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How the West Came to Rule: The Geopolitical Origins of Capitalism

Mainstream historical accounts of the development of capitalism describe a process which is fundamentally European – a system that was born in the mills and factories of England or under the guillotines of the French Revolution. Against this orthodoxy, alternative non-Eurocentric theorisations of capitalism’s origins remain as timely and important as ever.

How the West Came to Rule offers a unique interdisciplinary and international historical account of the origins of capitalism. It argues that contrary to the dominant wisdom, capitalism’s origins should not be understood as a development confined to the geographically and culturally sealed borders of Europe, but the outcome of a wider array of global processes in which non-European societies played a decisive role. Through an outline of the uneven histories of Mongolian expansion, New World discoveries, Ottoman-Habsburg rivalry, the development of the Asian colonies and bourgeois revolutions, Alex Anievas and Kerem Nisancioglu provide an account of how these diverse events and processes came together to produce capitalism.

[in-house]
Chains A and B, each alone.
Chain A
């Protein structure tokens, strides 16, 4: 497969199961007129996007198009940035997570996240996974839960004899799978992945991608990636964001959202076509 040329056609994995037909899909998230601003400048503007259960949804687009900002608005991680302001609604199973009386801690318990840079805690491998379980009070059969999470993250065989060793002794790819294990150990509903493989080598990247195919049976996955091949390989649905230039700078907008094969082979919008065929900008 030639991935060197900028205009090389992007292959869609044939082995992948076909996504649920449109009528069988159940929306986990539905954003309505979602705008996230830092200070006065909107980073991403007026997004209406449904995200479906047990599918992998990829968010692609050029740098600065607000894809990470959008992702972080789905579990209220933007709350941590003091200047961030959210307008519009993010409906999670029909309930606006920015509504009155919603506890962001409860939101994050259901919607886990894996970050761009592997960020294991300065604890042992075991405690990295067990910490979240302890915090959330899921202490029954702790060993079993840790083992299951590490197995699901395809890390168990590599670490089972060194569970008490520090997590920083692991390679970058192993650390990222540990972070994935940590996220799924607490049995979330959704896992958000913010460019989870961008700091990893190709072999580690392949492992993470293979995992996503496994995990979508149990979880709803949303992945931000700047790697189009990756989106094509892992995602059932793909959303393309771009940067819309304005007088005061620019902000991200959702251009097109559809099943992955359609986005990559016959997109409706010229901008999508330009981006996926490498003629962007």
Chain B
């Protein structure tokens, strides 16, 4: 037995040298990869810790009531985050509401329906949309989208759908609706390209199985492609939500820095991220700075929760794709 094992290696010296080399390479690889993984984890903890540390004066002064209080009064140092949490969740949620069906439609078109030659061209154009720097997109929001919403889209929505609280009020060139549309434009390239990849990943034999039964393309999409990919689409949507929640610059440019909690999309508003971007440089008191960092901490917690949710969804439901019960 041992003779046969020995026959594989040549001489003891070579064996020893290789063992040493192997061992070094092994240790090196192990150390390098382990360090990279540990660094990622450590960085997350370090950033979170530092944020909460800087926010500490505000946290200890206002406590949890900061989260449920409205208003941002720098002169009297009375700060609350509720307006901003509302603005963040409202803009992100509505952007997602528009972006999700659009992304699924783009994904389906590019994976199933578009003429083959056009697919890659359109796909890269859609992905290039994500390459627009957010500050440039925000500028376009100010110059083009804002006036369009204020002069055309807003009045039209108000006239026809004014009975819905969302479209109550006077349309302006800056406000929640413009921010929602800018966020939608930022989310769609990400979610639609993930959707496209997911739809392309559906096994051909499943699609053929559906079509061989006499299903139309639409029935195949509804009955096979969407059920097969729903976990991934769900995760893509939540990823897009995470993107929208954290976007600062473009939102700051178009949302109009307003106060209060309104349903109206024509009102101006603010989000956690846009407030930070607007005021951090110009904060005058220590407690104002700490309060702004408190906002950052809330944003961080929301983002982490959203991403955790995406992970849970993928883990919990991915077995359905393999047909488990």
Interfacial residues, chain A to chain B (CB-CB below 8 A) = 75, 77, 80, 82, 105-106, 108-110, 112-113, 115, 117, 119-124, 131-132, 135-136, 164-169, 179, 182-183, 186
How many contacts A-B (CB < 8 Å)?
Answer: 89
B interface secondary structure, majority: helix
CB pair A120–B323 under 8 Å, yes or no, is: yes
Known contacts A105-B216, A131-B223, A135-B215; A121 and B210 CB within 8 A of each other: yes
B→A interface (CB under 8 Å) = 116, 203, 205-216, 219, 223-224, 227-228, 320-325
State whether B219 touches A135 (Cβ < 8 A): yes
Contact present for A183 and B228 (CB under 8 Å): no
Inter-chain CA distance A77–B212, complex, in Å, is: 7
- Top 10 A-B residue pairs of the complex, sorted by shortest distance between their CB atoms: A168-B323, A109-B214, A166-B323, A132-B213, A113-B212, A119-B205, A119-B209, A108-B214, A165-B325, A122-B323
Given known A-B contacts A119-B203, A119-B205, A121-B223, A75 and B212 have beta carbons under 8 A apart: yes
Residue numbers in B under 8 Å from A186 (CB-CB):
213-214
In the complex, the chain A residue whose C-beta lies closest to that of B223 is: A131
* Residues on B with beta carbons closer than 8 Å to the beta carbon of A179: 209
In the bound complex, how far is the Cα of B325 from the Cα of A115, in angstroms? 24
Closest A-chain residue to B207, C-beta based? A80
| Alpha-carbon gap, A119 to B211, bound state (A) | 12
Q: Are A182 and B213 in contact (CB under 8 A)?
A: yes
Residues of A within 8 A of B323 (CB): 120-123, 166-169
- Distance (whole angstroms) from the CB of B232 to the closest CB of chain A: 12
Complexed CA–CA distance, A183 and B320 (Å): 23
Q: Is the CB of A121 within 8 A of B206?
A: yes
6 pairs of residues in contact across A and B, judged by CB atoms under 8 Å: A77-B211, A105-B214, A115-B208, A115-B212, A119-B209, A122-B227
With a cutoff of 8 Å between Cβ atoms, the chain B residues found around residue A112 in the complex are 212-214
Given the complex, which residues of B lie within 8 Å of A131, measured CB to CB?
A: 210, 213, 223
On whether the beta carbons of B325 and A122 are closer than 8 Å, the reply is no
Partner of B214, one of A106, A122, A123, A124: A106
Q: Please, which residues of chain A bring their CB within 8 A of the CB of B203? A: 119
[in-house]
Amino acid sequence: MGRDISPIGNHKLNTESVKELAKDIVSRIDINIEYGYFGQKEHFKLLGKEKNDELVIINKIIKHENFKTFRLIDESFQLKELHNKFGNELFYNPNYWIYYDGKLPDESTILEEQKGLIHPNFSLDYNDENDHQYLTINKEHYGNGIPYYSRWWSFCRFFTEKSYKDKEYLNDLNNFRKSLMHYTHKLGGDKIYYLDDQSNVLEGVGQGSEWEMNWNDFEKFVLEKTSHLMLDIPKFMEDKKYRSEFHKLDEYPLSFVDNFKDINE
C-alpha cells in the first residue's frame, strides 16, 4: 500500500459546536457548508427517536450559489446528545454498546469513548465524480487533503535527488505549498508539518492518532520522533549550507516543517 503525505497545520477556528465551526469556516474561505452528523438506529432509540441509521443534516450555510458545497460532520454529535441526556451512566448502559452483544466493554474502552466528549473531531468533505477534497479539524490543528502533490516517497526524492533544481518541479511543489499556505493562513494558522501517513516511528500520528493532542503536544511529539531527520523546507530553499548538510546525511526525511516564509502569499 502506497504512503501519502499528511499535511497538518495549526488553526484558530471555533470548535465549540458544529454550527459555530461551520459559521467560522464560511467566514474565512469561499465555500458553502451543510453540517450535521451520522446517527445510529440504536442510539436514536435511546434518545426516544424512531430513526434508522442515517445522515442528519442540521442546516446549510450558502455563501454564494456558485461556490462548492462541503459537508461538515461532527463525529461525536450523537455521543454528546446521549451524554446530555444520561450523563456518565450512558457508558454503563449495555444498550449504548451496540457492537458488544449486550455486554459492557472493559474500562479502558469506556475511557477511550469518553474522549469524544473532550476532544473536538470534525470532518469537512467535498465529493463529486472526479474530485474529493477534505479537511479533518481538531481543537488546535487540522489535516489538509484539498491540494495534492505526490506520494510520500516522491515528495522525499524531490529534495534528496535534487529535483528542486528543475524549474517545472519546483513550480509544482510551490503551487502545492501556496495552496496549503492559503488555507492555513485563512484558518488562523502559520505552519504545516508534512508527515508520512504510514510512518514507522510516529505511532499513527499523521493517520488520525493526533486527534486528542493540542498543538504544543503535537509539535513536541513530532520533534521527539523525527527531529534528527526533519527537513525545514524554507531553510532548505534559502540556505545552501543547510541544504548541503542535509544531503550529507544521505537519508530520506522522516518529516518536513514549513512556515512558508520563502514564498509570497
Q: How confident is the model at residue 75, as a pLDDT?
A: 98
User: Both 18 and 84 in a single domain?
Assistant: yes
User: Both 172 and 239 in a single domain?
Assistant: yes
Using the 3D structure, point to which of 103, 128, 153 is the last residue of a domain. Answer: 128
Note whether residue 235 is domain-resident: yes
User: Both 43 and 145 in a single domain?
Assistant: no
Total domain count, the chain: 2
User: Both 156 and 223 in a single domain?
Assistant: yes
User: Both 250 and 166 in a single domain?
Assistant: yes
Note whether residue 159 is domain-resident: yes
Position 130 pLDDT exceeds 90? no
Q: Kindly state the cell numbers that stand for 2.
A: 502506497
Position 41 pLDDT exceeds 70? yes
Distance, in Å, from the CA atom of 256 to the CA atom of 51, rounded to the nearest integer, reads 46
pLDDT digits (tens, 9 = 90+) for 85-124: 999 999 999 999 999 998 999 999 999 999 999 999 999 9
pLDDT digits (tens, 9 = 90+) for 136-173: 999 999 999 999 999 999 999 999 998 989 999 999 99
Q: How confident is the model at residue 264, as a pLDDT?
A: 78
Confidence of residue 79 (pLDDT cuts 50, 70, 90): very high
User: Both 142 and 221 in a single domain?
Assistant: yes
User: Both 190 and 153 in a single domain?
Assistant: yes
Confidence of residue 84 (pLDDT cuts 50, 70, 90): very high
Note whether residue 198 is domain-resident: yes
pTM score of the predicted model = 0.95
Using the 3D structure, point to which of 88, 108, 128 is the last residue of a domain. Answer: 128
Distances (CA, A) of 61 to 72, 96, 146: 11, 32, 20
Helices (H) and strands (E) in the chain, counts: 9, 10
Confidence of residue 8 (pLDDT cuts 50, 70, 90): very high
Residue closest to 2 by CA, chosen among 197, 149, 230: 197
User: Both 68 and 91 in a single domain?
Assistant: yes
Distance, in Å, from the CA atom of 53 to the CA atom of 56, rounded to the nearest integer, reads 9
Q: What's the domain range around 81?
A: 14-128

Critically engaging with the concept of Eurocentrism across a variety of disciplines, How The West Came to Rule addresses some of the major debates in historical sociology, world history, political economy, postcolonial theory, and international relations and will be of interest to scholars in all these areas.

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